I am not bitter, I have lived a full life, seen it from all angles with all the highs and lows. Perhaps I have spent far too long in Northern Ireland and weary of all the unnecessary hatred and death in my 35 years here.

    • @Grannymar

      I didn’t really take it as directed against me. I just had my baloon punctured and I was sorry you didn’t have a better experience of it.

      But, of course, you are right. I am a product of the same society but without the added discrimination that affected women. While I think I had a reasonable childhood it was certainly not helped by the narrow authoritarian, conservative and self agrandising attitudes of many of those around me, particularly those in positions of authority.

      I always found it difficult to understand how, in the real world, the question comes first and the answer afterwards, while in my religious upbringing the reverse was true. Clearly that did nothing to help cultivate a curious mind.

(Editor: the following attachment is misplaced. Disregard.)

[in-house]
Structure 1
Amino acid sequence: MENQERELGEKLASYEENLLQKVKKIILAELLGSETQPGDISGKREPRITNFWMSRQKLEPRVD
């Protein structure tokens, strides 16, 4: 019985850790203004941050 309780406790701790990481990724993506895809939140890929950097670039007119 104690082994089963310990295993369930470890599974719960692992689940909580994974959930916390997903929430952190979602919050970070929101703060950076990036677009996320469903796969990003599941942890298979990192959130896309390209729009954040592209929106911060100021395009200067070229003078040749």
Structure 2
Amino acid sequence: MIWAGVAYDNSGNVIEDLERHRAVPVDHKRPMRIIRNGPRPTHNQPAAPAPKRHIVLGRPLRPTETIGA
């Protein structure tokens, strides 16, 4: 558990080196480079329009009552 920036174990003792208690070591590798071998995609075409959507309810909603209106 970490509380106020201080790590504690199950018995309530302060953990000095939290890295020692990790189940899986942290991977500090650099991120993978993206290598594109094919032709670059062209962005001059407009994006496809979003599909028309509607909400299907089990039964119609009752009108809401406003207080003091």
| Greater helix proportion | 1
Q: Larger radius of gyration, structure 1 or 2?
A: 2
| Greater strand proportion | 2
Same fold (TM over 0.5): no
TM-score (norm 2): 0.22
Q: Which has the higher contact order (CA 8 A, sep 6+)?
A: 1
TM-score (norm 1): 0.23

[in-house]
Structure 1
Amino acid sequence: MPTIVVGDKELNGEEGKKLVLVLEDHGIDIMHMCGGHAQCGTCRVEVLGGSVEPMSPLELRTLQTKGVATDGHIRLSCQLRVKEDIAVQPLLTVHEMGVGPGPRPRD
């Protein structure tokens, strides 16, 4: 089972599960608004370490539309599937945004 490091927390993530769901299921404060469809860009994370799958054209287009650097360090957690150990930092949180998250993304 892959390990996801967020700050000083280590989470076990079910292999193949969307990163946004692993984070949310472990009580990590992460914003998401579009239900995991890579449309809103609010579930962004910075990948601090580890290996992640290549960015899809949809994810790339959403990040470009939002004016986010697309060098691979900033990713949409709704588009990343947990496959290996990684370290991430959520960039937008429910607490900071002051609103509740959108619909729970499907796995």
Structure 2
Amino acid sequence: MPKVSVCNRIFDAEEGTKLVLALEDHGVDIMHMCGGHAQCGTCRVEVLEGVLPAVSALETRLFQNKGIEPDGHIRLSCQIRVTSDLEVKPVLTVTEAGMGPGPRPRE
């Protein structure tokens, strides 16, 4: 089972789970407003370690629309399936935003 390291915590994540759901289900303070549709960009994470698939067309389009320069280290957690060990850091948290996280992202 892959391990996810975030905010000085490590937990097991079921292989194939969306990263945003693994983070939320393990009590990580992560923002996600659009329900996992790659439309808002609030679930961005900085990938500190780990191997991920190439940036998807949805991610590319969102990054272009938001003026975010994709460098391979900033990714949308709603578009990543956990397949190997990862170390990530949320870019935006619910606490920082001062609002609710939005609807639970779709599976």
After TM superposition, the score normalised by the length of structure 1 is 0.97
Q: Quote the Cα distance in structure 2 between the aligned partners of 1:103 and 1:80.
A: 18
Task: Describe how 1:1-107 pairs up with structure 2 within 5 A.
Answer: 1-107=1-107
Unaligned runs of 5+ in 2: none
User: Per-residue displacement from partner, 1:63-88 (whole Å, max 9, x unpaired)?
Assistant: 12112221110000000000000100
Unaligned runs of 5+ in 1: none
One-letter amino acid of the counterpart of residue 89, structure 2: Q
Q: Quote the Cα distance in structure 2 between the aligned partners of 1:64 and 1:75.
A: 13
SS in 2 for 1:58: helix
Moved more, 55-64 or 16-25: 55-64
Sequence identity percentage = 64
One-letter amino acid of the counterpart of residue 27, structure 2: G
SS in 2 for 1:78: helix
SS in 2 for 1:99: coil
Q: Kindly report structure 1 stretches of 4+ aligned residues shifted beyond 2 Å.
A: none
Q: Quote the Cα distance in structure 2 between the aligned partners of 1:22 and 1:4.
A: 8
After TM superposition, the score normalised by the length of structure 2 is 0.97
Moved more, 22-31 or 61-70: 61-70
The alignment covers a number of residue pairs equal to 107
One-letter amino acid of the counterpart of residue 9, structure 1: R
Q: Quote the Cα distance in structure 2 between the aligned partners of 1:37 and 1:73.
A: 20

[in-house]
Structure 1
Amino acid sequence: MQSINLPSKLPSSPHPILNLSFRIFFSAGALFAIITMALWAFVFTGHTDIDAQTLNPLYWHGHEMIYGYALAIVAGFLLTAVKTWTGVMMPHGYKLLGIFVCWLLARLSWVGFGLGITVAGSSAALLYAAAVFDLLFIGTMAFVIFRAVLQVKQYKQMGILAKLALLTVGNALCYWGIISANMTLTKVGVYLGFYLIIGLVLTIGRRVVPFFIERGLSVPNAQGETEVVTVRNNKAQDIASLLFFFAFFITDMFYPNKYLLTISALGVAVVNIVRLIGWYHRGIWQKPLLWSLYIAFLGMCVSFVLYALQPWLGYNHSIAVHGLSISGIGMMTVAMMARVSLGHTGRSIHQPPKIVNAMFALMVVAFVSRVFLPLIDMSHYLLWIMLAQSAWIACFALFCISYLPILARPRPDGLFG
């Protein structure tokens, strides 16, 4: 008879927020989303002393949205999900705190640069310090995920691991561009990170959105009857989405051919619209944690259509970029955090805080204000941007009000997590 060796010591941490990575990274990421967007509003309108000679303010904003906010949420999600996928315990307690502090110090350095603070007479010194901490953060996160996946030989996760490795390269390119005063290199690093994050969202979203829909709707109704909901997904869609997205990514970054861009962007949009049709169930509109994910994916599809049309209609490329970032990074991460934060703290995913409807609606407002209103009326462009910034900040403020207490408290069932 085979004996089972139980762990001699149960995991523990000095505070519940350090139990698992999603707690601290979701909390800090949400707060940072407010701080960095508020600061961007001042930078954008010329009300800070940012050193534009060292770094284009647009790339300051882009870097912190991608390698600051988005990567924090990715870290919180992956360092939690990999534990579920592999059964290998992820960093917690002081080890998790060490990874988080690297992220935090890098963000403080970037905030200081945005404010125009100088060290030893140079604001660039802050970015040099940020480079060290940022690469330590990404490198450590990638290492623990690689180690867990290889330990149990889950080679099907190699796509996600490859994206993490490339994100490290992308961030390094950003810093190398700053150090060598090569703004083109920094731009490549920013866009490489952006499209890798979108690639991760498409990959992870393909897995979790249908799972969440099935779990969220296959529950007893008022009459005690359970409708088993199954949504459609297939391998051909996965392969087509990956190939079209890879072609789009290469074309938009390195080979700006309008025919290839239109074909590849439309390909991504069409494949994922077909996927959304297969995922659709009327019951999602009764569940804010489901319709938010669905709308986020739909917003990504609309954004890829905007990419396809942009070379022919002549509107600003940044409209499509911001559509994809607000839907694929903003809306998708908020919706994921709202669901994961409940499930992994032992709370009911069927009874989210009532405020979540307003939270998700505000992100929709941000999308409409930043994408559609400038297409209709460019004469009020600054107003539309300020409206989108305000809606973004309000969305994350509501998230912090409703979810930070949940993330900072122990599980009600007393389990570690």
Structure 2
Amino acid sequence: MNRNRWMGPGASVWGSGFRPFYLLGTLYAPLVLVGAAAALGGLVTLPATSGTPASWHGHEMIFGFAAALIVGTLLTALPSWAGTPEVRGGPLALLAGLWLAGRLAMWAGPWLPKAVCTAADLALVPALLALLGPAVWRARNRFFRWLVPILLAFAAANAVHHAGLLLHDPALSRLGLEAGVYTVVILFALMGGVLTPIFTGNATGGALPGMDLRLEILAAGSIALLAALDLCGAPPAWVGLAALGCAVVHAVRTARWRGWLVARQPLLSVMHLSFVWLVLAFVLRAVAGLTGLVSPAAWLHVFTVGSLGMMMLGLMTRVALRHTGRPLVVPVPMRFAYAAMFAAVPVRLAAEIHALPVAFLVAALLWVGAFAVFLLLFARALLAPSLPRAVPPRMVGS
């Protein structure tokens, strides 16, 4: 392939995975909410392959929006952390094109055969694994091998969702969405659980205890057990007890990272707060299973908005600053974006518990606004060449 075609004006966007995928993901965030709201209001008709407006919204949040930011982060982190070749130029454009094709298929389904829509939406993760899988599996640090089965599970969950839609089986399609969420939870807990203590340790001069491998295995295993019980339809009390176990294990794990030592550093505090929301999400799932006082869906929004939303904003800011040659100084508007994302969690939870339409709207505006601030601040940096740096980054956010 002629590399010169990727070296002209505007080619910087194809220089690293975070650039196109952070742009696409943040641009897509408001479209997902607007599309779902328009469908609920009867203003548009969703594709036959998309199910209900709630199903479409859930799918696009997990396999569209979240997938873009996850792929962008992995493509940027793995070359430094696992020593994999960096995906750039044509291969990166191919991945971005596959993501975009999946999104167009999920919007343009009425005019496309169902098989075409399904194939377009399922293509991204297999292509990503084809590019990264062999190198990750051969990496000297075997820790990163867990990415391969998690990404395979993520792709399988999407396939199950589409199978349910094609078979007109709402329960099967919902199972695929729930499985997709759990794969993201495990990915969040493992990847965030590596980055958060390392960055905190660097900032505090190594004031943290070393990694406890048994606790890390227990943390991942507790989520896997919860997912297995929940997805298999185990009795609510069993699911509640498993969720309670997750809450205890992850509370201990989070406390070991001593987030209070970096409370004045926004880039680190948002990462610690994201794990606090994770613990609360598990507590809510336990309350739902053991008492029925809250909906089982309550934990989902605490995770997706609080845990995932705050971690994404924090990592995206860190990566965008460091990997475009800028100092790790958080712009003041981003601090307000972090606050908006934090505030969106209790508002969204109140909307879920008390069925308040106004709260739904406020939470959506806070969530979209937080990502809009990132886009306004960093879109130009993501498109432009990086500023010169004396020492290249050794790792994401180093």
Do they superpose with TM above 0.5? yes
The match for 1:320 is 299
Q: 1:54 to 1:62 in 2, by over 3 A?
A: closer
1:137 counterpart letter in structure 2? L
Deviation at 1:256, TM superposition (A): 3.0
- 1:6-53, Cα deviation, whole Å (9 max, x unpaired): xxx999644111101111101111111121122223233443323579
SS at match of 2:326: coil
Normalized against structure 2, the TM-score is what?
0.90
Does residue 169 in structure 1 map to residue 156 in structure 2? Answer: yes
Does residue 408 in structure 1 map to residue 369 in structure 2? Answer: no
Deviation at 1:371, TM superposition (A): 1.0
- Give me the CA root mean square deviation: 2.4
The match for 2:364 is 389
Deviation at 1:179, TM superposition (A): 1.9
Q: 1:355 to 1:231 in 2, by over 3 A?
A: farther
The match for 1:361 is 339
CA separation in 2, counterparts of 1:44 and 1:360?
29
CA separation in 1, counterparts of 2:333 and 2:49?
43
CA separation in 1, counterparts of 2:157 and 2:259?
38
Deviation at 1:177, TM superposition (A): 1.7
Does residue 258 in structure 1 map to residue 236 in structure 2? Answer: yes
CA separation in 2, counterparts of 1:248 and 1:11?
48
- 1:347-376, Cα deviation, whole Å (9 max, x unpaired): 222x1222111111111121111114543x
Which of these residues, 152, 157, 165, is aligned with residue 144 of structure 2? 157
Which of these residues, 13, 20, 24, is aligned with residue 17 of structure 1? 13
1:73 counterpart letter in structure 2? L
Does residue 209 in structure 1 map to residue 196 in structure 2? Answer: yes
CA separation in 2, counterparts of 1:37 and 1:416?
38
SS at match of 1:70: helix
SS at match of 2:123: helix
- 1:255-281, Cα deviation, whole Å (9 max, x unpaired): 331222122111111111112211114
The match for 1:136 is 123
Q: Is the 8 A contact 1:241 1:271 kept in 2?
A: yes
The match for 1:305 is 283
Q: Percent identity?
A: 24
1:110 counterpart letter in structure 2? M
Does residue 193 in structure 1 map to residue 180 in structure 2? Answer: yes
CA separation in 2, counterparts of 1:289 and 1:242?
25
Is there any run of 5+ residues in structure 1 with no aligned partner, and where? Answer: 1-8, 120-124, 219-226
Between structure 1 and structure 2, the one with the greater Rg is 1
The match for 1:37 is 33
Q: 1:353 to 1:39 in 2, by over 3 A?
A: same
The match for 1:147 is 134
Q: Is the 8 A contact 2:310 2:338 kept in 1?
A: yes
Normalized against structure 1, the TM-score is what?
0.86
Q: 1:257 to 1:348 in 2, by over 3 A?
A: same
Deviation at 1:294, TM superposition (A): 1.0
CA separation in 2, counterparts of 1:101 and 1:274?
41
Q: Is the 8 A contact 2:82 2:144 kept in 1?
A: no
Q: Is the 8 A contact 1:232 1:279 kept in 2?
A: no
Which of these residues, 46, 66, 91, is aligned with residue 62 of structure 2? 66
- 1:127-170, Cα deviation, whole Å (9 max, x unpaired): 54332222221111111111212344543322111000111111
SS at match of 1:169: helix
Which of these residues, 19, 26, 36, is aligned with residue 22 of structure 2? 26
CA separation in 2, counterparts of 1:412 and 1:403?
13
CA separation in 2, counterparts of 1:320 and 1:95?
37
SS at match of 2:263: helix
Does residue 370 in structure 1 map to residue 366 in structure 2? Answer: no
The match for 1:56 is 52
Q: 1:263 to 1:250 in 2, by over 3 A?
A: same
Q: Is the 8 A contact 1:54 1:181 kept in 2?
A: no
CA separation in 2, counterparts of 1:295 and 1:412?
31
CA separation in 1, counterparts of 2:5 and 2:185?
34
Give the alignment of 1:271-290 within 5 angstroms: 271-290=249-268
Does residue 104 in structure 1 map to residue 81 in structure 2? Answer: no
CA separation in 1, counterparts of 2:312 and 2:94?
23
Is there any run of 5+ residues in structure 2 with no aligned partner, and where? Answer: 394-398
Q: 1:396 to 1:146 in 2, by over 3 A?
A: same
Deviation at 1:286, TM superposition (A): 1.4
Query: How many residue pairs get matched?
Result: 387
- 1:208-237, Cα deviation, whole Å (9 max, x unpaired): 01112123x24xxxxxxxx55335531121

I always remember the christian brother in charge of our class. He was forever warning us off girls and their wily and seductive ways (you wish) but he then went on to idolise the christian mothers of Ireland. Where these mothers came out of was very difficult to fathom in the circumstances.

      Censorship, among other attitudes, effectively made sex dirty, and while that might have had its own excitement it was not a positive in forming relationships. I always held the view that it was a mortal sin if one went to England and came home without at least one dirty book, which I usually succeeded in doing.

      And then, as far as women were concerned, they bore the brunt of raising a family and running a household. They had to quit the Civil Service on marriage and were effectively excluded from most professions. Where they were working alongside men they were paid less and in general ended up in the more menial jobs. Educating them to 3rd level was seen as a waste of resources as they would eventually become homemakers and not “use” whatever skills they had acquired at such expense. The idea that running a house and raising a family was no mean enterprise and that they were the primary passers on of virtue, skills and knowledge to their offspring didn’t seem to count for anything much. Sick,